The Irish Government’s proposals simply require one more pro-choice doctor to rubber-stamp the decision. The suggestion that this makes it “very restrictive” (Home News, May 1st) is delusional and absurd. – Is mise,


Travers Hill, Boyle,

Co Roscommon.

Sir, – In response to Fr Eamonn McCarthy (April 30th) I must ask, is it now the case that farmers are giving birth to their livestock? If – and only if – such an event ever takes place, will I consider his argument. Until then, what an insulting analogy to make. – Yours, etc,


Glendown Drive,


Dublin 6W.

Sir, –   What year is it? Judging by some of the contributions to your letters page it could be 1983,or maybe even 1883 come to that. They haven’t gone away you know (unlike the 5,000 women each year who still have to).  – Yours, etc,


Inis Cluain,


Co Limerick.

Sir, –    I have been campaigning on the rights of mental health patients for a number of years and wish to comment on recent correspondence regarding legislating for the X case. 

There is absolutely no need for more than two doctors to determine whether a pregnant woman is suicidal or not. A mentally ill person can be sectioned by two doctors, in a psychiatric unit if it is felt they are in crisis and a danger to themselves, including suicide, or a danger to some one else.  

The lack of willingness on behalf of successive governments since 1993, to legislate in line with the X case, which obviously, due to the risk of suicide has a significant mental health aspect to it, is of no surprise. It took 20 years for the Mental Health Act 2001 to be passed, though it took another five years for it to become operational. This Act aims to protect in law the rights of mental health patients. A common feature in both cases was that conservative elements within the professional psychiatric establishment were to the fore in attempting to block progressive human rights legislation.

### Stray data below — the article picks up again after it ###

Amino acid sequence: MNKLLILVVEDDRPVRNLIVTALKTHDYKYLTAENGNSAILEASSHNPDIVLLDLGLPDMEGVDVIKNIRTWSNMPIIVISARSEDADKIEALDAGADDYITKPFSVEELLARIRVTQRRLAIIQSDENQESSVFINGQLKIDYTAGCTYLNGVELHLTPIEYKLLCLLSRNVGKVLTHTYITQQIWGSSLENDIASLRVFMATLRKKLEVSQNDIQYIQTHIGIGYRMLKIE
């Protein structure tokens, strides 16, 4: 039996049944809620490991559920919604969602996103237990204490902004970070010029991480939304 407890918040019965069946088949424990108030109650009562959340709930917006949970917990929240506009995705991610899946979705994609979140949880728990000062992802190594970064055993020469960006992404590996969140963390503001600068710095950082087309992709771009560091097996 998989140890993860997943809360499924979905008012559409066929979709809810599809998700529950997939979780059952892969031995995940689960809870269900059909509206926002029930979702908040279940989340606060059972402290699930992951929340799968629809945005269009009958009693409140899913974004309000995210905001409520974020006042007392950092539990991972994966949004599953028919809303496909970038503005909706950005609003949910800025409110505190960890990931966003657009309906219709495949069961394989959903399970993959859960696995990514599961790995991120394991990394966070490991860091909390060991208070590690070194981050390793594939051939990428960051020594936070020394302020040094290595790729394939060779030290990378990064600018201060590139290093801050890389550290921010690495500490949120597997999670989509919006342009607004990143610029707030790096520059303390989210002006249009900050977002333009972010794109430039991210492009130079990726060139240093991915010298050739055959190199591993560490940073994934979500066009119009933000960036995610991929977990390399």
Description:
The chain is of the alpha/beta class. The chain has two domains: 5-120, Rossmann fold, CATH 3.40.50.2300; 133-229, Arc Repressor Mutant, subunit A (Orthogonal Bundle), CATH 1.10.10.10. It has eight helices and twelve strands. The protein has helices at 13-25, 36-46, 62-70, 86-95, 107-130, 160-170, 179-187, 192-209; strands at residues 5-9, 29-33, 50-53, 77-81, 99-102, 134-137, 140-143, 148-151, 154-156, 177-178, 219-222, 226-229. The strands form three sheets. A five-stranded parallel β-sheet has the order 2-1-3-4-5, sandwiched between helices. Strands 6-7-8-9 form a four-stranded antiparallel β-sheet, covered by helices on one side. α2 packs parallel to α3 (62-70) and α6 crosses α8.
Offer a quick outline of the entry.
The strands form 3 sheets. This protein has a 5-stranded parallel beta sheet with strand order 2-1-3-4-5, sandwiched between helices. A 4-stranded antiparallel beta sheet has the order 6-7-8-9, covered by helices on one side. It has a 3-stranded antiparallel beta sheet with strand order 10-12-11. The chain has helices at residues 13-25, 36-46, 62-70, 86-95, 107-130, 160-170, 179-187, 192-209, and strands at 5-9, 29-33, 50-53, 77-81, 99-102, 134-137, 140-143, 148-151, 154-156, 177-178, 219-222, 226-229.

Finally, even if this legislation on the X case is passed, it still means Ireland will have one of the most restrictive abortion regimes in the developed world. Before long it will once again be hoped that the over 5,000 women who travel abroad for abortions each year can be forgotten about. Out of sight, out of mind. – Yours, etc,




Co Kerry. 


A chara, – There is a current radio advert advising dog owners to vaccinate their dogs. The words run something like “he can’t look after himself. It’s up to you”. Yes, it’s for dogs, not the unborn.

Now we have a government proposing legislation for abortion and there is a reported built-in appeal mechanism – for the mother only. Where is the legislation protecting the unborn, its father, its paternal and maternal would-be grandparents? Where is the unborn’s appeal mechanism?

What we are heading towards now is a shared decision including a societal denial of wrong-doing protected by law that protects all and sundry (except the unborn) and the removal of the mother’s exclusive decision to terminate a pregnancy. Will society be relieved that it will now be “okay” to collectively terminate and to share that responsibility, again, collectively? I doubt it. This proposed legislation, is in my view, another shambles and next time round for elections voters ought to remember it.

One online dictionary defines murder as “the killing of another human being under conditions specifically covered in law”. It also defines suicide as “the intentional taking of one’s own life”. Can something be legally done for the unborn here? It is not my intention to be inflammatory or provocative, I consider this to be a separate legal issue that warrants consideration. – Is mise,


Seacrest, Cnoc na Cathrach,


Sir, – If potential suicide is considered adequate reason for termination of pregnancy should it be considered adequate reason for termination of debt? – Yours, etc,



Co Sligo.